Researchers have found that even the best Speech recognition systems are actually biased

The researchers from the University of Amsterdam, the Netherlands Cancer Institute and the Delft University of Technology, has founded that even the state of the art Automatic speech recognition (ASR) algorithm struggles while identifying the accents of people from different regions. According to these researchers, the ASR system for the Dutch Language can recognize speakers of specific age groups, genders and even the countries of origin much better than others.

This speech recognition has come a very long way since IBM developed and demonstrated the very first speech recognition system the Shoebox Machine back in early 1960s, which is also known as the forerunner of the modern world’s voice recognition system, and the launch of the famous Worlds of Wonder’s Julie Doll back in 1987. In spite of all the progress achieved with the help of Artificial Intelligence, the current speech recognition system are not upto the level and are also considered to be biased. A study , ordered by the Washington Post states that the famous smart speakers manufactured by the very own Google and Amazon, are predicted to not to be able to understand Non-American accents as compared to American accents.

Very recently, the Cambridge based advocacy organization, Algorithmic Justice League’s Voice erasure project discovered that the speech recognition system of the famous Tech Giants including Apple, Amazon, Microsoft, IBM and even Google itself has collectively secured a word error of about 35% for African American voice in comparison to just 19 % for White American voices.

The co-workers of this latest research has decided to check and investigate that how well a Dutch based Automatic Speech recognition system would do while recognizing speech from different groups of speakers. A series of experiments were to be carried out to examine if the Dutch ASR system is able to keep up with the diversity in speech with factors including gender, age and accent.

In the beginning the ASR system was fed some sample date from the CGN , a technique used to familiarize AI language models to the Dutch language. This CGN contains recordings of People ranging from 18-65 years old from different regions of Netherlands and Flanders of Belgium that covered speaking style of telephonic conversation as well as broadcast news. CGN has an astonishing 483 hours of speech time including 1678 men and 1185 women. But in order to make things more complex for the system, the co-author introduced the data augmentation technique to increase the training data hours up to nine fold.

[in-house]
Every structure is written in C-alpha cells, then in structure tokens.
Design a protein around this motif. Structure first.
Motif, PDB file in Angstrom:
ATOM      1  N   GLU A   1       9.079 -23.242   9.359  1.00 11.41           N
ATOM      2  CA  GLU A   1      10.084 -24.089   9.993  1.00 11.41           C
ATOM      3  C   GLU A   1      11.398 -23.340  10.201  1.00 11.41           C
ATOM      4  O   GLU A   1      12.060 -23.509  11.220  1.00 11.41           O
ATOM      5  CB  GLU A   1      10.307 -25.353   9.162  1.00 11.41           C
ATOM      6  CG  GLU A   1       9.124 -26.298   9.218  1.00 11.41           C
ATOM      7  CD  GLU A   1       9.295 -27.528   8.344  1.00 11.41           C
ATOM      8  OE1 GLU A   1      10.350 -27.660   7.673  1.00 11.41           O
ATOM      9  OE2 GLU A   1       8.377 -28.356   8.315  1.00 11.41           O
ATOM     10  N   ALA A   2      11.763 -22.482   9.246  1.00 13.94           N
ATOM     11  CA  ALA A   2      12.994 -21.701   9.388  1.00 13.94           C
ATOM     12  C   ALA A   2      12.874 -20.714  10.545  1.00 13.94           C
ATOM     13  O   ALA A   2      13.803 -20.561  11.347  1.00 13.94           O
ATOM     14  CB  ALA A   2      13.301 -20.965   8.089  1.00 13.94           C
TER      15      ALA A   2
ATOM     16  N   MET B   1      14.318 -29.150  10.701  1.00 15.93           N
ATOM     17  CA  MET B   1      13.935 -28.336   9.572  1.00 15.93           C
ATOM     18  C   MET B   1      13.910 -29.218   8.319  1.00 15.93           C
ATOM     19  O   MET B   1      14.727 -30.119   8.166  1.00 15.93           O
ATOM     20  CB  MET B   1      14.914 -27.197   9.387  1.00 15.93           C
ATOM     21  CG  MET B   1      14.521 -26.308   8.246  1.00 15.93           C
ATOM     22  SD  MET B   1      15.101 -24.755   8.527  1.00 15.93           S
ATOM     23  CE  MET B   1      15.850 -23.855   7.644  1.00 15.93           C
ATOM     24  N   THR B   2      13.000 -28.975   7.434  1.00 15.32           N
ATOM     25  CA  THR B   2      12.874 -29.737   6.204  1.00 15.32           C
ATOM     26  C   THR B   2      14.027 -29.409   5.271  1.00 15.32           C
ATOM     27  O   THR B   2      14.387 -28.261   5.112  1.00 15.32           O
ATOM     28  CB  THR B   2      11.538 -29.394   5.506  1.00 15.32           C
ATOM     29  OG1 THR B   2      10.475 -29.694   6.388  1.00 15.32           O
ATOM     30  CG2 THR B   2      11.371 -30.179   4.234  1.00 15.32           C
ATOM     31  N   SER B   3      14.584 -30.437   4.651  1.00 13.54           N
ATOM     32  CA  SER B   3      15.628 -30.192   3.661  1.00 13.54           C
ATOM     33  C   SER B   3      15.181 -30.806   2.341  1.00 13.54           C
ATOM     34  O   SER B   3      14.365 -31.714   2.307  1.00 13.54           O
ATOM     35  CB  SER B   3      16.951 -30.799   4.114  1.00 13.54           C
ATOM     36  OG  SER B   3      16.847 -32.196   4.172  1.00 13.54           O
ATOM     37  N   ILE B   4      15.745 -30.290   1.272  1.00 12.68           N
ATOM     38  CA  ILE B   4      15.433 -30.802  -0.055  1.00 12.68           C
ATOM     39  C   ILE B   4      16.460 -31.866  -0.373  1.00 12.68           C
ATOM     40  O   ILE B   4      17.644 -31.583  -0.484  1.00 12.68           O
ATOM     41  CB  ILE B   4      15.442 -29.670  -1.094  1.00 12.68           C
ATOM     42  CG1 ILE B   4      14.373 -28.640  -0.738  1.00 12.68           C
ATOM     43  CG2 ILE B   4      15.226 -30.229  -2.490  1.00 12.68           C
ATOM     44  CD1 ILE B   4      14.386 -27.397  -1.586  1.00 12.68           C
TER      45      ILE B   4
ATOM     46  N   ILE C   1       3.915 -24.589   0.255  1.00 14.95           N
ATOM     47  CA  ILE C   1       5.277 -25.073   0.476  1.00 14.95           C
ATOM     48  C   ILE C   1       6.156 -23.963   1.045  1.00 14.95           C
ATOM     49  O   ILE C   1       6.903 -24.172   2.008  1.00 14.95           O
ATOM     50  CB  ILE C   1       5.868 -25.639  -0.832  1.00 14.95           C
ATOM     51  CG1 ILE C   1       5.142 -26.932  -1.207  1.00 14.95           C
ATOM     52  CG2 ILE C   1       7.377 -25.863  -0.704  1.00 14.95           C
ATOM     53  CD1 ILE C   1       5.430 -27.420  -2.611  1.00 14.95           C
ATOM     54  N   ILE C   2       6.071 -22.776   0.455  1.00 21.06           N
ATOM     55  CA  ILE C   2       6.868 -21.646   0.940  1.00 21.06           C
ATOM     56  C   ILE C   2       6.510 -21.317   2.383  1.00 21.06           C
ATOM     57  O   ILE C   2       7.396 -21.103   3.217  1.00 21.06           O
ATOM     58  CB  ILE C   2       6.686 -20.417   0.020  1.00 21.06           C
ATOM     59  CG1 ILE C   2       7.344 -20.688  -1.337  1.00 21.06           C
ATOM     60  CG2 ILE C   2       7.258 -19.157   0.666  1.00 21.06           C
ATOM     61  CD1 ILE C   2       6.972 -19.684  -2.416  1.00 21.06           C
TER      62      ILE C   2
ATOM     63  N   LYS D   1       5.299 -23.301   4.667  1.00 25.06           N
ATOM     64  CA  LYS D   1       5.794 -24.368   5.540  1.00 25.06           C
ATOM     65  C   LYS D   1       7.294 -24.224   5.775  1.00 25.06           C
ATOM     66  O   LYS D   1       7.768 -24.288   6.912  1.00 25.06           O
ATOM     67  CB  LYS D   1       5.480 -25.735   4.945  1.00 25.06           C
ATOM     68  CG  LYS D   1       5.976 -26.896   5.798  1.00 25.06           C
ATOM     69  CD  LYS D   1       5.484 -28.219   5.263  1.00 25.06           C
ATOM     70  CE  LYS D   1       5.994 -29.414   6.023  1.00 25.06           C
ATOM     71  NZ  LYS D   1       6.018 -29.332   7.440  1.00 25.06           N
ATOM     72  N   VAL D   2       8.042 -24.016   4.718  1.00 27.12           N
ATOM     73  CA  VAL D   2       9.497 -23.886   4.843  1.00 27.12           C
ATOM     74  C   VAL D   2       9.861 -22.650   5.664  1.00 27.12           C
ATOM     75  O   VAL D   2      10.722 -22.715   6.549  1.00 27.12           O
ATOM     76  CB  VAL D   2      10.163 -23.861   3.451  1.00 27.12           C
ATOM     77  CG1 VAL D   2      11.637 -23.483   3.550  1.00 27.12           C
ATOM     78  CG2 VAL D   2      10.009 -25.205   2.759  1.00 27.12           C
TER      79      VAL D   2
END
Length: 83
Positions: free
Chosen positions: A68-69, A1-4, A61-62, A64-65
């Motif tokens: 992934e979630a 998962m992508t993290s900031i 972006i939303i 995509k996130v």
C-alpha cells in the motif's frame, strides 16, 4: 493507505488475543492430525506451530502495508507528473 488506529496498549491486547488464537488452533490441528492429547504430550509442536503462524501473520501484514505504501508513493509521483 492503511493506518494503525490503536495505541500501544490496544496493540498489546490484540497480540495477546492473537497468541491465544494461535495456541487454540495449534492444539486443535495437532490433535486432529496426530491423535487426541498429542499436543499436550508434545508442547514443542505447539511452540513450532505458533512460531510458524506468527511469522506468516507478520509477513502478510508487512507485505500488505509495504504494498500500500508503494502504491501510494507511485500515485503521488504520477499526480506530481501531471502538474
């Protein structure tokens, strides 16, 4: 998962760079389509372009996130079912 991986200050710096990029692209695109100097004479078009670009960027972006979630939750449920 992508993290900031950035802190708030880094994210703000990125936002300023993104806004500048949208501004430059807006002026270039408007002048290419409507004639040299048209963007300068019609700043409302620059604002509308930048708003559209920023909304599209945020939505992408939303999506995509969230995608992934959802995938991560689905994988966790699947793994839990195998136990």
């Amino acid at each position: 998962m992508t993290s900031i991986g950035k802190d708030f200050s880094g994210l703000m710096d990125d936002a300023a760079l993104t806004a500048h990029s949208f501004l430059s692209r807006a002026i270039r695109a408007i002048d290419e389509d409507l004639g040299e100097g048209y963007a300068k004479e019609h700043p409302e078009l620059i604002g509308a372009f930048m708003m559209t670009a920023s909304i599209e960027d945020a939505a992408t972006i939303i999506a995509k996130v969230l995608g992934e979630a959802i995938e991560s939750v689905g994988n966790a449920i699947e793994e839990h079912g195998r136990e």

When this test subject ASR system was run for a test drive from CGN the results showed that the female speech was more reliably identified as compared to males regardless of their speaking style. In addition to this the system had a hard time recognizing speech from older people as compared to young ones mainly because the younger People were more articulated. And it seemed to be easy to identify native speech as compared to non native speaker. The Dutch children had an error rate of about 20% which was better than the non-native age group.

Researchers believe that the only way to lessen this speech bias issue is possible at Algorithmic level and cannot be done in datasets. They concluded this study on a piece of paper by adding that the direct bias mitigation will concern the diversifying and aiming for a balanced representation in datasets whereas an indirect bias mitigation technique will deal with a variety including age, region, gender and more. And both of them working together can make it easier to ensure a more developing environment for the automatic speech recognition (ASR).

Photo: Marko Geber / Getty Images

H/T: VB.

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